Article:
At the time of the successful Bolshevik Revolution in Russia (1917), the Catholic Church was not harmed. For the Bolsheviks, the Catholic clergy was among the victims of czarist oppression and were, thus, tolerated and even preferred over the Russian Orthodox clergy who were intensely persecuted by the new regime.[7] But what they could not count on was the subjection of the church (with its properties, clergy and adherents) directly under a commissariat in charge of religious affairs within the state. That would have been in direct contradiction with the provisions of canon law. In due time, the communists (as the Bolsheviks later chose to be called) counted the Catholic Church as a counterrevolutionary institution just like all other religions. In 1923, fifteen clerics including Archbishop Jan Baptyst Cieplak, his vicar Msgr. Konstantin Budkevič, and Exarch Leonid Feodorov of the Russian Byzantine Catholic Church, were tried by a communist court for opposing the decree on separation of church and state and the decree on the nationalization of church properties. Thirteen of the arraigned were sentenced with imprisonment; Cieplak and Budkevič were condemned to death by firing squad for “counterrevolutionary activities.” International outrage may have accounted for the commutation of Cieplak’s sentence to ten years’ imprisonment.[8] However, Budkevič was executed at Moscow’s Lubianka prison for his contacts with the government of his native Poland, “a foreign bourgeois government unfriendly to the Soviet power.”[9]

     The conflict between the church and communism greatly intensified after the Second World War. The provisions of the Yalta conference (1945) had assured Stalin of control over eastern Europe should the war end. When it did cease, communist parties, with the backing of the Soviet Union and its military, were able to secure power in all the countries of eastern and central Europe (except the Mediterranean countries of Greece, Malta, and Cyprus). Ukraine, Estonia, Lithuania, and Latvia had already been forcibly annexed to the Soviet Union since 1939. By the end of the 1940’s, Moscow had considerable influence over its satellite communist regimes in Poland, Hungary, Czechoslovakia, Romania, Bulgaria, and East Germany. Two other countries, Yugoslavia and Albania, resisted Stalin’s domination but were both governed by communists.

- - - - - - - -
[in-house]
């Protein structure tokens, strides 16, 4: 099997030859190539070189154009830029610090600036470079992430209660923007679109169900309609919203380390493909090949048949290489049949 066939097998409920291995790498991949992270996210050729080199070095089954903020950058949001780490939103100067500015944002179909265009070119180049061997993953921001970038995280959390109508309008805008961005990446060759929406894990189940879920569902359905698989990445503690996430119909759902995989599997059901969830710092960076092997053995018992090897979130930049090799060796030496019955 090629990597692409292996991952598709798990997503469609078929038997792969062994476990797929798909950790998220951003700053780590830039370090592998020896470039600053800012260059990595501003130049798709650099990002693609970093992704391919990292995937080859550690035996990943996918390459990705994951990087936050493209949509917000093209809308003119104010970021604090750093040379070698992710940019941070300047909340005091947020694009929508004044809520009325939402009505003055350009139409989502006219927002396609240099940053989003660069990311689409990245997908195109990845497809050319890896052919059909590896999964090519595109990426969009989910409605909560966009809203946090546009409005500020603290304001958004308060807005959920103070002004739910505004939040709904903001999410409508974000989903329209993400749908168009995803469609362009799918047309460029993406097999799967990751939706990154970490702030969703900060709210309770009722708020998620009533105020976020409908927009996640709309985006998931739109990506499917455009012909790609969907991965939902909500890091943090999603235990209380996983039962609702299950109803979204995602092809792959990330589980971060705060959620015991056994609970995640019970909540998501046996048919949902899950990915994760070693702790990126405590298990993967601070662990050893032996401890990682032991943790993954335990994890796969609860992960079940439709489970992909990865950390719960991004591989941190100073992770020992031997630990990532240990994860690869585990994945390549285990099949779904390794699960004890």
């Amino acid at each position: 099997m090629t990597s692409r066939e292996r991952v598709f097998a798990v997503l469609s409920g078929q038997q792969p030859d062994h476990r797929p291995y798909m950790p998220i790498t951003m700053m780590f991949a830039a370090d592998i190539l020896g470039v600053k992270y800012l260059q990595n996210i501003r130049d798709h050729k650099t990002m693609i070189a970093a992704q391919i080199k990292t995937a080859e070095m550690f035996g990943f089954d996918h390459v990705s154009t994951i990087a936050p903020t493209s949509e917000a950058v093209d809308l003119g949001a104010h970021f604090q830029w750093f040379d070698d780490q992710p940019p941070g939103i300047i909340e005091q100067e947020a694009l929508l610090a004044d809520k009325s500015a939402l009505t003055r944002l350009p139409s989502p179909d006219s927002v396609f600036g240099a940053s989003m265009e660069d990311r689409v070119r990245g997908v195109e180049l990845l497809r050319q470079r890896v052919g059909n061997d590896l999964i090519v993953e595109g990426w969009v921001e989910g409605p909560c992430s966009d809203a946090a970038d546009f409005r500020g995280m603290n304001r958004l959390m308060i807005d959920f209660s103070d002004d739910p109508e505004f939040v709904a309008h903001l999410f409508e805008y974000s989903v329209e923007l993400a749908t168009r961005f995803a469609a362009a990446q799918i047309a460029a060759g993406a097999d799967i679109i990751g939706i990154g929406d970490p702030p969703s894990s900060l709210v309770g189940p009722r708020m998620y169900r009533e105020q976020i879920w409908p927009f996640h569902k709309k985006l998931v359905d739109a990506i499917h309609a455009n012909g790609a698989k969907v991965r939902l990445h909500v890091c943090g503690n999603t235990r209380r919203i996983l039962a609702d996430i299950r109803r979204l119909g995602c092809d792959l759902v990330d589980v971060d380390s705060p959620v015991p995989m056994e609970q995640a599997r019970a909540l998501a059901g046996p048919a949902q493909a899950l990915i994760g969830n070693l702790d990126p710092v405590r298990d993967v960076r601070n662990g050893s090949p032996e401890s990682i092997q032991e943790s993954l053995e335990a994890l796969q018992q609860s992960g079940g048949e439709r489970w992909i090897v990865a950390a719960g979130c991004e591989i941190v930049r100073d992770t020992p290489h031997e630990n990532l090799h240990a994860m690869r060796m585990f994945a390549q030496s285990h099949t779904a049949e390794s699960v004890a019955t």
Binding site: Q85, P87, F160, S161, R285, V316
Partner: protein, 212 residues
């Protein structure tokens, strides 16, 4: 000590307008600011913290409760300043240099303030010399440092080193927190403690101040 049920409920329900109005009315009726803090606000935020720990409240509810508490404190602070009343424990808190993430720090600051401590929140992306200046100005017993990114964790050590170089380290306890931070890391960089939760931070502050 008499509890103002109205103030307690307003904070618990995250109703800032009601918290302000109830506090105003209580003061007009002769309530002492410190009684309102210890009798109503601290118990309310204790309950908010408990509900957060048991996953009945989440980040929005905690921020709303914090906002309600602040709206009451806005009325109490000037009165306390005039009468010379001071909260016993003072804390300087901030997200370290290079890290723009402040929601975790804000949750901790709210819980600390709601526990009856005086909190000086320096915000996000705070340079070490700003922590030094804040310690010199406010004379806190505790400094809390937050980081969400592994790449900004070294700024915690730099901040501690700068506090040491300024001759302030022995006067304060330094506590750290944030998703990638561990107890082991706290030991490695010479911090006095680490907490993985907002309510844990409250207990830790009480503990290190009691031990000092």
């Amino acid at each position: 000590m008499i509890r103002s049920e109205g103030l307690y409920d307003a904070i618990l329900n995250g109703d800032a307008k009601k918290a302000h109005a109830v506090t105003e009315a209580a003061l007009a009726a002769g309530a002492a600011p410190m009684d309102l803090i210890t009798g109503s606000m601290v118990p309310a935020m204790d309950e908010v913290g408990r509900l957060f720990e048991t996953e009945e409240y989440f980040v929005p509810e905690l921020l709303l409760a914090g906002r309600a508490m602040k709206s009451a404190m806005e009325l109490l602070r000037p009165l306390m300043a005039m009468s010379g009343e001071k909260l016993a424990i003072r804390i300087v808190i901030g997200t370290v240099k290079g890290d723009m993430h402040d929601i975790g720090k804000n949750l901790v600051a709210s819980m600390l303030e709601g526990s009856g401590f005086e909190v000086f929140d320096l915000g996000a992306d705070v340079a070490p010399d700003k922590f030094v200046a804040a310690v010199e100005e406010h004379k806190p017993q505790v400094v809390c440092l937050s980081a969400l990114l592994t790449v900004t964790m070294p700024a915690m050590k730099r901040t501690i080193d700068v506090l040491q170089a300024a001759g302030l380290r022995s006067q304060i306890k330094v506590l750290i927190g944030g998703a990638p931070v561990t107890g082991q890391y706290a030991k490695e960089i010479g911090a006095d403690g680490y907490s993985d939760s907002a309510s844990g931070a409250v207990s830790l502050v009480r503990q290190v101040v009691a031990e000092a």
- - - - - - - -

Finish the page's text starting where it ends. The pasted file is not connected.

There can be no argument that the Catholic Church in these countries suffered severely under its acknowledged atheistic governments. However, the oppression of the churches in the Eastern Europe varied in degree and scope according to their geopolitical situation. In most cases, the faithful who suffered from communist repression resisted the move of their governments to nationalize their churches and sever their communion with the Vatican. Most notable among these were cardinals József Mindszenty (+1975) of Hungary, Stefan Wyszyński of Poland (+1981), and Jósyf Slipyj (+1984) of Ukraine. But none of these three died as a result of physical harm. Others were not as fortunate. In 1946, Vincentas Borisevičius, bishop of Telšiai (Lithuania) was killed after a lengthy interrogation and torture. One year later, Bishop Teodor Jurij Romzha, apostolic administrator of Mukacheve (Ukraine) was assassinated. Bishop Evgeni Bosilkov of Nicopoli (Bulgaria) was executed by firing squad as a “Vatican spy” along with three Assumptionist priests in 1952.[10] In that same year, Bishop Janos Scheffler of Satu Mare (Romania) died in prison from burns after a “bath” in boiling water.

[1]  Hansjakob Stehle, Eastern Politics of the Vatican: 1917-1979 (Athens, OH.: Ohio University Press, 1981), p. 17.

[2]  Pedro V. Salgado, Social Encyclicals: Commentary and Critique (Quezon City: By the author, 1992), pp. 92-96. In the same encyclical Pius XI also criticized making class struggle an essential law of society, abolishing private ownership, and instituting the dictatorship of the proletariat. Salgado believes that in these the pope was right.

[3]  Pius XI, Divini Redemptoris, 7 (Engl. transl. Papal Encyclicals: 1903-1939, p. 538).

[4]  Ibid., 19, p. 541.

[5]  Salgado, pp. 96-97.

[6]  A Dictionary of Political Thought, 1982 ed., s.v. “Totalitarianism.”

[7]  Stehle, p. 15.

[8]  On March, 1924, Archbishop Cieplak was released and returned to Poland. He died two years later at Passaic, New Jersey during a pastoral visit to Polish Catholics living in America. [Joseph Ledit, Archbishop John Baptist Cieplak (Montreal: Palm Publishers Ltd., 1963)].

[9]  Stehle, pp. 46-47.

[10] Ibid., p. 330